Due to our interest in nutrient transporters and transceptors we here made constructs that overexpress four hexose transporters (Hxt1, Hxt2, Hxt3 and Hxt4), two glucose transceptors (Snf3 and Rgt2), two amino acid transporters (Agp1 and Tat1), an amino acid transceptor (Ssy1), an oligo peptide transporter (Ptr2), and an ammonium transceptor (Mep2) from S. cerevisiae as fusions to GFP. To test expression of a mammalian transceptor we also included the human glucose transceptor GLUT2 in this study.

We found that the twelve membrane proteins were expressed as full-length GFP-fusions and located to the plasma membrane and/or intracellular membranes (Figure 3, Figure 4). As discussed in the results section some of the transporters and transceptors may accumulate in Golgi. This may be considered a draw-back leading to inactive transporters. However, as observed in [44] a plant plasma membrane H+-ATPase overexpressed in yeast was localized to the endoplasmatic reticulum and not the plasma membrane as expected; yet it was fully acticve. In accordance with this finding, we propose that the highly overexpressed transporters and transceptors produced in the present study challenges the capacity of the secretory pathway and leads to accumulation of functional fusions in intracellular membranes such as Golgi.

The expression vector used in this study has the advantages of a strong promoter, a very high-copy-number feature and selection markers that prevent plasmid-loss. Furthermore, the host strain PAP1500 is tailored to overproduce the Gal4 transcription factor simultaneously with induction of membrane protein production to maximize transcription from the extraordinary high number of plasmids.

Using this expression system we were able to produce the 12 targets in this study in the range of 0.4 mg to 1.7 mg transporter/transceptor pr. liter culture, when expression strains are grown in shake flasks (Table 1). The capacity of our expression system is high-lighted by the overexpression of the Ssy1-GFP fusion. We obtained a level of Ssy1-GFP of 0.5 mg/L cell culture (Table 1). In contrast, Ssy1 could not be detected in other studies [45], [46], and only very low expression was reported in [47]. Similarly, we were unable to detect any expression of Ssy1 using the pYES2 overexpression vector (Invitrogen) (unpuplished results). Obviously, the features of the PAP1500-GFP expression system make a huge difference for stable overexpression of Ssy1-GFP fusions. To our knowledge, the 12 transporters and transceptors in the present study have not previously been overexpressed to levels that allow purification. Presumeably, because yeast expression systems with an efficiency comparable to our system have not been available.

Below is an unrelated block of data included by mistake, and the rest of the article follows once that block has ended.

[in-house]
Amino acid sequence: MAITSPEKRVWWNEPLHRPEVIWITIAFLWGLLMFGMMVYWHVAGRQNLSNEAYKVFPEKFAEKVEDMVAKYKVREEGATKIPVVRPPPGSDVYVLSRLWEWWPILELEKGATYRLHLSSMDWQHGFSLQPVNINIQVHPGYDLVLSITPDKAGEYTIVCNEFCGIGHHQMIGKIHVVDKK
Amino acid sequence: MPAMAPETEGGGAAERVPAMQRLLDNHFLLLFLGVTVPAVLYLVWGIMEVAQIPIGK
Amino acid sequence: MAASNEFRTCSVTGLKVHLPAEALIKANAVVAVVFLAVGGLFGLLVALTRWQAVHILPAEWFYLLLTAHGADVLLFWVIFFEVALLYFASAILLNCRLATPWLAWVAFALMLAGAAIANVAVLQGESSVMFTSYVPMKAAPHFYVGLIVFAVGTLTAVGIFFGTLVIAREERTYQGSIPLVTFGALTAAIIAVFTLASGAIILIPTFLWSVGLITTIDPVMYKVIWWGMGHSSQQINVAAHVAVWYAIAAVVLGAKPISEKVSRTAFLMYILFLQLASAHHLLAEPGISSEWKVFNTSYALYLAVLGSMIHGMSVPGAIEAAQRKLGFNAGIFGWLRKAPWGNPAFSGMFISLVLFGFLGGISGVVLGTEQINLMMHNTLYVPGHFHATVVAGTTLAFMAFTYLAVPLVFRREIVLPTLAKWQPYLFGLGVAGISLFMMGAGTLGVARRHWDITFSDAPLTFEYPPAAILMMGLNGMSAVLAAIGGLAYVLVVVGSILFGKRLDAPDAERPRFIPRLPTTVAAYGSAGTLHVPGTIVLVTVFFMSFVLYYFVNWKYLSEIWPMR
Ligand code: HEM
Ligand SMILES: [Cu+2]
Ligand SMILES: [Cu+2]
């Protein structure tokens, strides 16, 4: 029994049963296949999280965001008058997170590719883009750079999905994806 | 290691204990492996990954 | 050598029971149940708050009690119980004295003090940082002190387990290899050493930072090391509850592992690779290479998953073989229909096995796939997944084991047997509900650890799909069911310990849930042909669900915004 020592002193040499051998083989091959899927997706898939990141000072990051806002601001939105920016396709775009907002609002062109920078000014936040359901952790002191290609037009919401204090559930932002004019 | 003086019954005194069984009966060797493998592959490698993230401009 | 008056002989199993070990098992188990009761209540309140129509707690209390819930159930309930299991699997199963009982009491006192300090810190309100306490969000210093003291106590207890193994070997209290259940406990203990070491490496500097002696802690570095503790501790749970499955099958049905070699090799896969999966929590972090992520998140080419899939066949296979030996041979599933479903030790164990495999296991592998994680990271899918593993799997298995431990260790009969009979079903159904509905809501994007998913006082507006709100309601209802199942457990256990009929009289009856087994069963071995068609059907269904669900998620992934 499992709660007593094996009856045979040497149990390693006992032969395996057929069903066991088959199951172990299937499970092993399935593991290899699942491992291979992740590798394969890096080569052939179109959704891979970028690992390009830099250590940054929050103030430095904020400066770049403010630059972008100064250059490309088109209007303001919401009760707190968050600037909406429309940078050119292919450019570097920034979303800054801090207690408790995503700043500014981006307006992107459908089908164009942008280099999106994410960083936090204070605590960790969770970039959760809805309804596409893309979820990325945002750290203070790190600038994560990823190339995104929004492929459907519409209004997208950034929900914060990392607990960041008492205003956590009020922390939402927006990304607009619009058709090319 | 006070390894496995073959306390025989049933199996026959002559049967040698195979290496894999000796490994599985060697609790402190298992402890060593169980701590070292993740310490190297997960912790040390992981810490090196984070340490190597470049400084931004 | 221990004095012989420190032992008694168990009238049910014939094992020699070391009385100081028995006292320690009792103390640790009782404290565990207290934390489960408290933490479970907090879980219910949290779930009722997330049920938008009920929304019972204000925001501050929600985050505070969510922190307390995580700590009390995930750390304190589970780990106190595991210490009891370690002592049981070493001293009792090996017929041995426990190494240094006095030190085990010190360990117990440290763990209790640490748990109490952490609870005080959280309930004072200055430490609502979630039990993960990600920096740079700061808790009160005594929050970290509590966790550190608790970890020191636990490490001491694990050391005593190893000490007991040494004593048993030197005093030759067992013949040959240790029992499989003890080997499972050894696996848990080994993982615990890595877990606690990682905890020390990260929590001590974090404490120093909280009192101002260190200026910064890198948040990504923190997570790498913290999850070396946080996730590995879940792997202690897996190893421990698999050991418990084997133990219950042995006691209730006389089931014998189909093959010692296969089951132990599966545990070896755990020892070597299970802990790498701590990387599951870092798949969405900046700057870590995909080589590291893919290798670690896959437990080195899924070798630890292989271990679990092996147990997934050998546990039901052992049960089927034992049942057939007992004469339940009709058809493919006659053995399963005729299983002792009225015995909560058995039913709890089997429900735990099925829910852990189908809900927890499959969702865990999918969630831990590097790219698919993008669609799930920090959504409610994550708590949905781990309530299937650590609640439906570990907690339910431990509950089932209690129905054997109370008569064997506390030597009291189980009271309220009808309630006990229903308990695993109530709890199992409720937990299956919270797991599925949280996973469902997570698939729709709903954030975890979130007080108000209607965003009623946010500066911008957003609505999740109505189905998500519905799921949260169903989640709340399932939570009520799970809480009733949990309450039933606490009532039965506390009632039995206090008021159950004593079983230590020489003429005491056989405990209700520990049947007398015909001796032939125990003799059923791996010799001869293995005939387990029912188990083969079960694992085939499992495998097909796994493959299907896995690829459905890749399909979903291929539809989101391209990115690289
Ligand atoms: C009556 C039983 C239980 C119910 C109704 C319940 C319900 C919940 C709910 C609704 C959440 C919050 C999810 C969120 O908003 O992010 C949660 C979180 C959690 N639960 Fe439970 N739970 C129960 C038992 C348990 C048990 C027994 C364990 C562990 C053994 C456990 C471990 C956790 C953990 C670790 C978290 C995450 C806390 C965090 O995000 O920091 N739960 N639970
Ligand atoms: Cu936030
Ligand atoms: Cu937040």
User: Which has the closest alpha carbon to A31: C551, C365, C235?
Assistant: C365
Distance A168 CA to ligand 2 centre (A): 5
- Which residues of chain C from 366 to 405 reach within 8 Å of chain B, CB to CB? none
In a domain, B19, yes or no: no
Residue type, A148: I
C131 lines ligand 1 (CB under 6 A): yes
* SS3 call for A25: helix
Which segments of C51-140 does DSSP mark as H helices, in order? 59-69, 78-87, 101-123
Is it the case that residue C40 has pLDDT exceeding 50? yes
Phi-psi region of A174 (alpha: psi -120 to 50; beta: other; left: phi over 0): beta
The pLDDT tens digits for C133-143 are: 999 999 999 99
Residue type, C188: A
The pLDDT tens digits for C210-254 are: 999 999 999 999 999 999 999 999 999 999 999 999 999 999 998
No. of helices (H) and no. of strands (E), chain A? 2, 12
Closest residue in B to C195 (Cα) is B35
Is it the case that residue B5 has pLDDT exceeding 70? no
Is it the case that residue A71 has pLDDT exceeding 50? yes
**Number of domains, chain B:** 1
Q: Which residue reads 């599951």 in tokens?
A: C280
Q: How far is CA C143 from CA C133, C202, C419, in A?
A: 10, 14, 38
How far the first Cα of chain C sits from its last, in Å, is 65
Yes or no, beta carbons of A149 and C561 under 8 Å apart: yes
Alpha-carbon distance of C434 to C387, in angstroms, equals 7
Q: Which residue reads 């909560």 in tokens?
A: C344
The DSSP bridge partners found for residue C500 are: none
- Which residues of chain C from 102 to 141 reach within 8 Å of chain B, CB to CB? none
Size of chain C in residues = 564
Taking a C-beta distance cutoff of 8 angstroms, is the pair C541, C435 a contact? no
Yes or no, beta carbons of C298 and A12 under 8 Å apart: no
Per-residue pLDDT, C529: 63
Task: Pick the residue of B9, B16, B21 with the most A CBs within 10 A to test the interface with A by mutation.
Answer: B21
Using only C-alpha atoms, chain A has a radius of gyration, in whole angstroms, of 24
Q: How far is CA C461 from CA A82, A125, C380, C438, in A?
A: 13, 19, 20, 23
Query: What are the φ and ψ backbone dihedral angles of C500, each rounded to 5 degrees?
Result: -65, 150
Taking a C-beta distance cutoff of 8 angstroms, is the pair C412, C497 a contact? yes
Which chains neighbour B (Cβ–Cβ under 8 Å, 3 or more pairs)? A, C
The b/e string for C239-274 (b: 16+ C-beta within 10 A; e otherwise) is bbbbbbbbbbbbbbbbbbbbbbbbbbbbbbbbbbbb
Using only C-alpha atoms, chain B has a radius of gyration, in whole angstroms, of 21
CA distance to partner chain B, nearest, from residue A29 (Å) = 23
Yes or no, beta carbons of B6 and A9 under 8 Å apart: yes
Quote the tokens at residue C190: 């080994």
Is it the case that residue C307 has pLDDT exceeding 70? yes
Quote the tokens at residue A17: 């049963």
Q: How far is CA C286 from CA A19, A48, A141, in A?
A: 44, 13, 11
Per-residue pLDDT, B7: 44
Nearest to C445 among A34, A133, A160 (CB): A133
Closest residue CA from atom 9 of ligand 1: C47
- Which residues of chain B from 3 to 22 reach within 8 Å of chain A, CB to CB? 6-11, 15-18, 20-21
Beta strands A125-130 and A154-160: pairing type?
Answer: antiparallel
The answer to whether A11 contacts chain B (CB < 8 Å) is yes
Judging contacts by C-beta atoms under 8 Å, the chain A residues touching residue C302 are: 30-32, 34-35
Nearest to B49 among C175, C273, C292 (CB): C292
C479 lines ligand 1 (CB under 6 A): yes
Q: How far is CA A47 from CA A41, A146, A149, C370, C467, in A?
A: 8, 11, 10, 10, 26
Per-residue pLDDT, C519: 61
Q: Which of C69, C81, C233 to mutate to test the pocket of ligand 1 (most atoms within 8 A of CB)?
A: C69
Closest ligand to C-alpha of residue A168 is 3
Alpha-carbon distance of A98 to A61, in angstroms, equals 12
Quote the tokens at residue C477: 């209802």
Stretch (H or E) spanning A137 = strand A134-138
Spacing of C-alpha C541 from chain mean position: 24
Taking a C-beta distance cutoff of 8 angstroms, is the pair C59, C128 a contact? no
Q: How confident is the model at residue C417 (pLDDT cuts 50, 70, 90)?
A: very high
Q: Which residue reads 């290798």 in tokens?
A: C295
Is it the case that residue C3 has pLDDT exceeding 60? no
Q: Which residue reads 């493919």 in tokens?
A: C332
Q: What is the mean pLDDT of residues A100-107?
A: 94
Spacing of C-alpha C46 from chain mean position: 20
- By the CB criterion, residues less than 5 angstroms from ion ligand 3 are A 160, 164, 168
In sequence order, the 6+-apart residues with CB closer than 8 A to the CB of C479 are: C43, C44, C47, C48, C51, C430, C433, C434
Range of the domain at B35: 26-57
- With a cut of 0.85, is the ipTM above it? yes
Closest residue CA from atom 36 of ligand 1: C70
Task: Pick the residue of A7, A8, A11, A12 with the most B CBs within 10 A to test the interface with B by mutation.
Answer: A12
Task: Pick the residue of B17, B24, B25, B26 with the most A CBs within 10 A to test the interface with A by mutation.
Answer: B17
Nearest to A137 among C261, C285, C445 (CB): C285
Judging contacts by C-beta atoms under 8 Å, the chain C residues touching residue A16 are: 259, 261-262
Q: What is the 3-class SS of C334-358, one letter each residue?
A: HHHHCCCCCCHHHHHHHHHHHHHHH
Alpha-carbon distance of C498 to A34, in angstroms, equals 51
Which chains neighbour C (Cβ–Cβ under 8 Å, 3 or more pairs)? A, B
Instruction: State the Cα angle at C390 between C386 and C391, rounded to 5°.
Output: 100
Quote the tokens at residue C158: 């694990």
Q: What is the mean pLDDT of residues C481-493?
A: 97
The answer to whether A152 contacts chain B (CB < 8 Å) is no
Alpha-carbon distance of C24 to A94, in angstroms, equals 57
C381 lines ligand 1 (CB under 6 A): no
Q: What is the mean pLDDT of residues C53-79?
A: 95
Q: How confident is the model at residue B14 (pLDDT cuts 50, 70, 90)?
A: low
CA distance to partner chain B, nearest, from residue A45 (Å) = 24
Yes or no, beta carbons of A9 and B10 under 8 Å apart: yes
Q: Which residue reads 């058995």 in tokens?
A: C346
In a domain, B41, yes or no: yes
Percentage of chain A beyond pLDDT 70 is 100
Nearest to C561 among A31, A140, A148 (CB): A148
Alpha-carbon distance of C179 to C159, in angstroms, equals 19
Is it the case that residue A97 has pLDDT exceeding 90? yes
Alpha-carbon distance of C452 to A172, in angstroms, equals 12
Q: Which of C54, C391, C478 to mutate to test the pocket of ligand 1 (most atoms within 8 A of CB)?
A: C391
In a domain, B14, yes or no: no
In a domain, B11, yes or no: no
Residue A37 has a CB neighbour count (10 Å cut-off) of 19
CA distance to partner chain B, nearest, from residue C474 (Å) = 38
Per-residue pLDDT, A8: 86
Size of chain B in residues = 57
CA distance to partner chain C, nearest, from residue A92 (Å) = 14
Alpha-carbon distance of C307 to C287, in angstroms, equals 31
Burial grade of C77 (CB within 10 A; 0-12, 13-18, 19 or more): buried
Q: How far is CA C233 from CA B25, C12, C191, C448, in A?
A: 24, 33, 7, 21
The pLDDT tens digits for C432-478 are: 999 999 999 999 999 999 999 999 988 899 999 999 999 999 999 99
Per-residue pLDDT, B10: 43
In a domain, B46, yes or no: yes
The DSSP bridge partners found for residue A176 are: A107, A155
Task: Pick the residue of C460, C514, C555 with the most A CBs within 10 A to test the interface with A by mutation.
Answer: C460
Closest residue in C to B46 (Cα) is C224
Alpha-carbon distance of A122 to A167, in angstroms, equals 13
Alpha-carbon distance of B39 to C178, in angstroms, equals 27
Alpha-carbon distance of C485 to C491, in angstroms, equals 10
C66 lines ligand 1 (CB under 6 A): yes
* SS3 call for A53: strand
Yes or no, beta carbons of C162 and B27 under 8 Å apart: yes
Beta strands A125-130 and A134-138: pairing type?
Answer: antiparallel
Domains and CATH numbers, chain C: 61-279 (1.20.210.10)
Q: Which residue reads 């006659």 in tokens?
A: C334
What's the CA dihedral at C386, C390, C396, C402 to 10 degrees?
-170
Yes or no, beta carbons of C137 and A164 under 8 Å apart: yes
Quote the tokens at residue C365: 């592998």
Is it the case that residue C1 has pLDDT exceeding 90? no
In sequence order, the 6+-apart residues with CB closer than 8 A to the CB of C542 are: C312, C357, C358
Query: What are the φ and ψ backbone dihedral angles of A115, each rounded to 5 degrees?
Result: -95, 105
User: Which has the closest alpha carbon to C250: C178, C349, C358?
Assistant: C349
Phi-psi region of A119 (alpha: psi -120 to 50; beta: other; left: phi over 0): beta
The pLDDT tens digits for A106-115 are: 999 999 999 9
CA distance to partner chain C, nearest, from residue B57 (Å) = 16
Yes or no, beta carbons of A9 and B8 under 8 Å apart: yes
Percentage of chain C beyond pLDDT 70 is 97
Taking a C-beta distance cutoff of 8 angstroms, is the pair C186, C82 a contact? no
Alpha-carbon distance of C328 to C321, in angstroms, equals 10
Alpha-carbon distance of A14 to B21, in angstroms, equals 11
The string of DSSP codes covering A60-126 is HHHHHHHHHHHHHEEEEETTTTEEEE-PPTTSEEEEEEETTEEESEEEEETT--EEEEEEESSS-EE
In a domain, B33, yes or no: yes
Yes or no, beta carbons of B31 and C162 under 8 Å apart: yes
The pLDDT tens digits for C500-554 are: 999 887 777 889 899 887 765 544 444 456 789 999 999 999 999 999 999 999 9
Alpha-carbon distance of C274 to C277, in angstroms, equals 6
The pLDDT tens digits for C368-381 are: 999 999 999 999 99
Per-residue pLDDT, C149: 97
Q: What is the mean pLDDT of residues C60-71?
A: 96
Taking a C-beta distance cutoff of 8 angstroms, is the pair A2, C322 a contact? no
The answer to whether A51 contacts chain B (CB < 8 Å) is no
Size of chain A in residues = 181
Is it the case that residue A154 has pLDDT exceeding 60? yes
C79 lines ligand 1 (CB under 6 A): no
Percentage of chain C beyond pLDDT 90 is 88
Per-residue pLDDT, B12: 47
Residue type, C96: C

In the present study we decided to investigate production of the GFP-fusions in shake flask cultures induced for 48 hours at 15°C. As evident from the optimization experiments with two fusions in Figure 2, it is very likely that individual optimization of growth and induction conditions for each transporter tested in our expression system may improve the yield. For example the Ssy1-GFP-fusion accumulated stably at 15°C with a 48 hour induction, whereas the Agp1-GFP-His fusion peaked after 24 hours at 25°C. Furthermore, when production is scaled up in computer controlled fermenters, the yield will presumably be increased considerably according to our experience with the high-copy vector system [18].Thus, our induction protocol usually produce about 3 grams of wet weight cells in 1 liter shake cultures, whereas a 10-liter fermenter produces 250 grams. Taken together, we expect that the yield of membrane proteins may be increased in the range of 10 times after individual induction optimizations and production in fermenters.